Follow this link to skip to                                      the main content

Text Size

A Flash in the Cosmic Pan
09.13.04
 
A dying star shrouded by a planetary nebula.Like galactic fireworks in the night, gamma-ray bursts briefly light up the stellar sky as only the most powerful explosions in the universe can. Yet as magnificent as gamma-ray bursts are, their fleeting nature makes them elusive and difficult to study.

Image to right: Dying stars like the one inside this planetary nebula are a possible source for gamma-ray bursts. Credit: NASA

That's not to say that astronomers don't know anything about them at all. When the Swift spacecraft begins its mission from Cape Canaveral Air Force Station in October, it will be building on nearly 40 years of research and observations.

Gamma-ray bursts are incredibly intense releases of gamma radiation. Found at the highest frequency end of the electromagnetic spectrum, gamma radiation is a particularly energetic form of light that can only be generated by the most powerful astronomical events. Scientists suspect that these sporadic explosions may signal the birth of black holes or the death of stars.

The first gamma-ray bursts were detected in 1967 by the U.S. military's Vela satellites. This fleet of satellites was originally designed to monitor nuclear weapons testing and could sense large releases of gamma radiation. While orbiting the Earth, a Vela satellite recorded a burst of concentrated gamma energy from deep space. For the first time, a gamma-ray burst was observed by humans.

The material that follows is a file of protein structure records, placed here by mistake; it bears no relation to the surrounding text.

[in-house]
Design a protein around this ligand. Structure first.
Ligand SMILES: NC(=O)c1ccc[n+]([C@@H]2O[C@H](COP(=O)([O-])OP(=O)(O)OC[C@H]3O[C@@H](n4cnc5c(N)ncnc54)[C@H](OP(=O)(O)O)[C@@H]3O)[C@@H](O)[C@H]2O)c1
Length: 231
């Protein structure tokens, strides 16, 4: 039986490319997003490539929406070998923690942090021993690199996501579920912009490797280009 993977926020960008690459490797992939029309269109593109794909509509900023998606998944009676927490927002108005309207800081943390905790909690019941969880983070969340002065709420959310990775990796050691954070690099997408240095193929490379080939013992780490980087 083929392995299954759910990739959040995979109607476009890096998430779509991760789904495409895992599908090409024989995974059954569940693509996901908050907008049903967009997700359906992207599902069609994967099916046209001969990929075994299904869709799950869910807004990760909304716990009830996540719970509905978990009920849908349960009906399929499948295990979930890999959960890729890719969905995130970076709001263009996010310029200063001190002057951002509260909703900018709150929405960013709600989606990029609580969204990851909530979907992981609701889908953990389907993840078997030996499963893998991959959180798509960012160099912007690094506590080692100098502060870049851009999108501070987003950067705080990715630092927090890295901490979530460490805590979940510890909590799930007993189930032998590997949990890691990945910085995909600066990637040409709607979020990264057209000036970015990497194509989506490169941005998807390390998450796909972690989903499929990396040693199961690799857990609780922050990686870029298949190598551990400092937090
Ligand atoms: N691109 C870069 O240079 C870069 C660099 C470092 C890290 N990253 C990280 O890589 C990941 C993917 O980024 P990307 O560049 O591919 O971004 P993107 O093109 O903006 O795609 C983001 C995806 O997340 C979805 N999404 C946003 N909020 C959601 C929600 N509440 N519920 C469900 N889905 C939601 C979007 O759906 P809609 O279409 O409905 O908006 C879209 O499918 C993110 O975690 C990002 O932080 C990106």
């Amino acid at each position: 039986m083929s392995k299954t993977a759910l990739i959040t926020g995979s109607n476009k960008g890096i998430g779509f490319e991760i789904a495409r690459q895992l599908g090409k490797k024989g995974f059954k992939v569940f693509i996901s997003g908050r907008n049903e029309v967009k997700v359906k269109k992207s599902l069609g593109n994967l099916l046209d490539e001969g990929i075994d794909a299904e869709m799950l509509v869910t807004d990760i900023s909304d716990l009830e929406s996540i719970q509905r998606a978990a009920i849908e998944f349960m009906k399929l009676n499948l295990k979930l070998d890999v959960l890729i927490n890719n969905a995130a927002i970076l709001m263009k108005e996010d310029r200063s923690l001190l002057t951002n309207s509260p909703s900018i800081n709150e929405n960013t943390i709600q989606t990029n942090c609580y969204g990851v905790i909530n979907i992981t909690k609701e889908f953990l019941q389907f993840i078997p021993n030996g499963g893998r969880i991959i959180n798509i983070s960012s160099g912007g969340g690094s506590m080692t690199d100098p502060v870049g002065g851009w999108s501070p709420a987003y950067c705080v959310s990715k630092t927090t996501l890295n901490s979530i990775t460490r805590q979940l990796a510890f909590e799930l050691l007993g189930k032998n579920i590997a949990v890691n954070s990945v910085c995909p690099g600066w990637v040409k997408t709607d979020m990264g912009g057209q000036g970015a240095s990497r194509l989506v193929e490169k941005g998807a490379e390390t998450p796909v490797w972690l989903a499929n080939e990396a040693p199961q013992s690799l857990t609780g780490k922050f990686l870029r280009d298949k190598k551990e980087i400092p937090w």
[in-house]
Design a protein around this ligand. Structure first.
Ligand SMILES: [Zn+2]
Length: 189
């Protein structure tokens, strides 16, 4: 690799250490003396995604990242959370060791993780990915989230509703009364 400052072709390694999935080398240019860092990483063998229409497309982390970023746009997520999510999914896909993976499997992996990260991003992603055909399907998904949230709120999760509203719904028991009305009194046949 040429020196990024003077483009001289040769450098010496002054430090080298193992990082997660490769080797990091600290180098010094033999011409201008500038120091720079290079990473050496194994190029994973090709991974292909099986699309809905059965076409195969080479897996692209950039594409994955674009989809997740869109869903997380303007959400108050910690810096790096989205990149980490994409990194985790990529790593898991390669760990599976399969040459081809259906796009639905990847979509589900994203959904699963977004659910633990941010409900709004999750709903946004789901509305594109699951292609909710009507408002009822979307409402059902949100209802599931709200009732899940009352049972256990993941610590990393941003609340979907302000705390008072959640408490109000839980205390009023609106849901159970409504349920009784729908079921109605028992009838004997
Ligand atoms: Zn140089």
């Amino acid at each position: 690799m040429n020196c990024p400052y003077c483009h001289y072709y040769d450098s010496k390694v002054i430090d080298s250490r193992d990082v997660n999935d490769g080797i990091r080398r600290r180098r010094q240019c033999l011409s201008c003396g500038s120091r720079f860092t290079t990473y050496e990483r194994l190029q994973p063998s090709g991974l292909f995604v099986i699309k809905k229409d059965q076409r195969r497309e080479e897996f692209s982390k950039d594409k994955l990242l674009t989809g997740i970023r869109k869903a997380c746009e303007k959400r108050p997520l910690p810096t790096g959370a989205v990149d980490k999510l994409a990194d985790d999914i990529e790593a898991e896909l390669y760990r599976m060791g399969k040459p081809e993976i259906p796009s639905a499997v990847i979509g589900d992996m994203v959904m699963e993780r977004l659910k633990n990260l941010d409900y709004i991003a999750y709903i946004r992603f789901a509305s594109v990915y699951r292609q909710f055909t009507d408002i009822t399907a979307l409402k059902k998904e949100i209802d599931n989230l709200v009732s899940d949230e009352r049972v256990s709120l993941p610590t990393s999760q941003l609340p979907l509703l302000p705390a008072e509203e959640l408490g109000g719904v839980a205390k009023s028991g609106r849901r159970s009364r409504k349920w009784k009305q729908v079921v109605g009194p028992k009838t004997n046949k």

Modern, space-based gamma-ray burst research began in earnest with the 1991 launch of the Compton Gamma Ray Observatory aboard Space Shuttle Atlantis. For nine years, the Compton Observatory searched the sky for gamma-ray activity. In those years in orbit, the observatory made a number of discoveries and mapped thousands of gamma-ray bursts.

In 1997, the European Space Agency placed the BeppoSAX satellite in orbit and it made a critical discovery by identifying the lingering X-ray "afterglow" produced by erupting gamma-ray bursts. This finding allowed astronomers to look at the bursts in a new light, and paved the way for the design of new spacecraft like Swift.

Today, the pursuit of gamma-ray bursts continues with the impending launch of the Swift spacecraft. Armed with a trio of telescopes and a network of supporting space-based and ground telescopes, astronomers have managed to set a sophisticated trap that is ready to catch gamma-ray bursts in the act as they light up the night.
 
 
Charlie Plain
NASA's John F. Kennedy Space Center